Anyhow… amongst other topics I selected, I chose the following, under Religion: Atheist/Agnostic.

First off, I thought it a bit odd that they would group these together, if only because there were no listed Religions that had been treated as such. Wicca was separated from Paganism for Christ’s sake. Anyhow, I squinted and pushed forward. What came about as I browsed disturbed me to no end…

But first, a fact: I’m agnostic 1.

…anyhow, what came about as I browsed disturbed me to no end: atheists were assholes. I do not mean Atheists (or atheists) in general, but – for the most part – the ones with websites proclaiming their atheism were overbearing assholes. Which I find hilarious.

The “proud atheist” sites (and I couldn’t come across any that didn’t fall into this category 2) almost uniformly included the following:

  1. Terribly disrespectful things to say about organized religion.
  2. Quotes from Einstein.

My first response was: leave Einstein out of this 3. My second response was: if these atheists were so enlightened, having supposedly thrown off the shackles of organized religion, why were they so evidently obsessed with religion as to put their refutations front and centre on a freaking website? It seemed so bizarre and irrational to see this in people who, supposedly more than any other person, espoused the rational above all else. Judging from this consistency, I can only conclude that the louder the atheist the more insecure they seemed to me. Further, as opposed to us agnostic types, atheists as a whole seemed unable to live comfortably without religion – as either a catalyst or muse.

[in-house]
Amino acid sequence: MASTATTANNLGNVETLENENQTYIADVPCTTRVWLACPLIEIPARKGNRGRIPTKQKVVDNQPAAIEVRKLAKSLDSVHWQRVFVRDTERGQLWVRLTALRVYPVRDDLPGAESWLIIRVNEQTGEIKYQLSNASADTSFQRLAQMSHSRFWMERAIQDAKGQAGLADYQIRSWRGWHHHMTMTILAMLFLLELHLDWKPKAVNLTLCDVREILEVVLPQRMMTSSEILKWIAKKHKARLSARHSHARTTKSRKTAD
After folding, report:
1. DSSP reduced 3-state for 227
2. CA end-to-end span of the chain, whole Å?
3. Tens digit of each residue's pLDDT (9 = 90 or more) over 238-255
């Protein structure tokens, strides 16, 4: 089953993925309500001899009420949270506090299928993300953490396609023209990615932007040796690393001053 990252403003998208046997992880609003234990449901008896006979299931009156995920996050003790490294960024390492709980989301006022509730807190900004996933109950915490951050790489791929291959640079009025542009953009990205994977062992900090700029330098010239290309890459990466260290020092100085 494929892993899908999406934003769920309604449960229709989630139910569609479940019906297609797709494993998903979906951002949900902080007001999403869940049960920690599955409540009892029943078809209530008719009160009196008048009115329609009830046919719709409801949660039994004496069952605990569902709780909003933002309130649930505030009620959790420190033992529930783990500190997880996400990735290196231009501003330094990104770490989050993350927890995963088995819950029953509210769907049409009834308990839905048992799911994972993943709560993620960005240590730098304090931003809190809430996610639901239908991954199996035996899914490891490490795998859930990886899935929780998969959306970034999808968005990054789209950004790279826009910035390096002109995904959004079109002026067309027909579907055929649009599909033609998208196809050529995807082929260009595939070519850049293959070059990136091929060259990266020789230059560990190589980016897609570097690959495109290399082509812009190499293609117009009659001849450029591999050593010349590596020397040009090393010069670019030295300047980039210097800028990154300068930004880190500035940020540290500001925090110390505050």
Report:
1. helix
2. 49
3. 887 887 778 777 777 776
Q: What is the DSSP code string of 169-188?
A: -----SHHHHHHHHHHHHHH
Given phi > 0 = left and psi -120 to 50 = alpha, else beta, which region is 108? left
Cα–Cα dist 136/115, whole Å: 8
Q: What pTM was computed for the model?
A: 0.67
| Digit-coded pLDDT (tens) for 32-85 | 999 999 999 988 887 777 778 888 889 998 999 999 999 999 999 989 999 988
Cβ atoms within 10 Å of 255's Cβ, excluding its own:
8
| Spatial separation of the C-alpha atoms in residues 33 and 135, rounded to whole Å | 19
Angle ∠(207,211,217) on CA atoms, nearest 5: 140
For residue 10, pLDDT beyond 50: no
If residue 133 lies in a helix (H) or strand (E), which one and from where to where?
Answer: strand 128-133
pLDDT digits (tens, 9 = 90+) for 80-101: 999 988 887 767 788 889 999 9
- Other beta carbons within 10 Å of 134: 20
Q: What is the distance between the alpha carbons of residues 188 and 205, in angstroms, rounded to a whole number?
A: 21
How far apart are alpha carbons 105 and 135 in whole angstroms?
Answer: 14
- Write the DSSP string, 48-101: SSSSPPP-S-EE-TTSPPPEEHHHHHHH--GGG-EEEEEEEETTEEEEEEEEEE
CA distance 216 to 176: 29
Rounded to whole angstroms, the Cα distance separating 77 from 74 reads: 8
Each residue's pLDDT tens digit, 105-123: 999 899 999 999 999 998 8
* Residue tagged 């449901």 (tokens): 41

This tangent takes me back to what I originally wanted to say: agnosticism is not atheism. Not by any stretch of the imagination. So why the hell would StumbleUpon group them together…yet find it necessary to separate Wicca from Paganism 4? I have no clue, and I’ve written to them to ask that they separate the two – or at the very least remove them as a subset of Religion.

Please fulfill my sense of irony by rating this article on StumbleUpon.

1. I’m not going to spend hours trying to define what agnosticism is or what it means to me. Let’s just say that I consider it the most sensible choice for me. If you would like a dictionary definition, try here.

2. This pertains solely to what StumbleUpon provided – this was not a self-directed attempt.

3. Why does everyone with a point to prove turn to Einstein?

4. Instead of making the former a subset of the latter.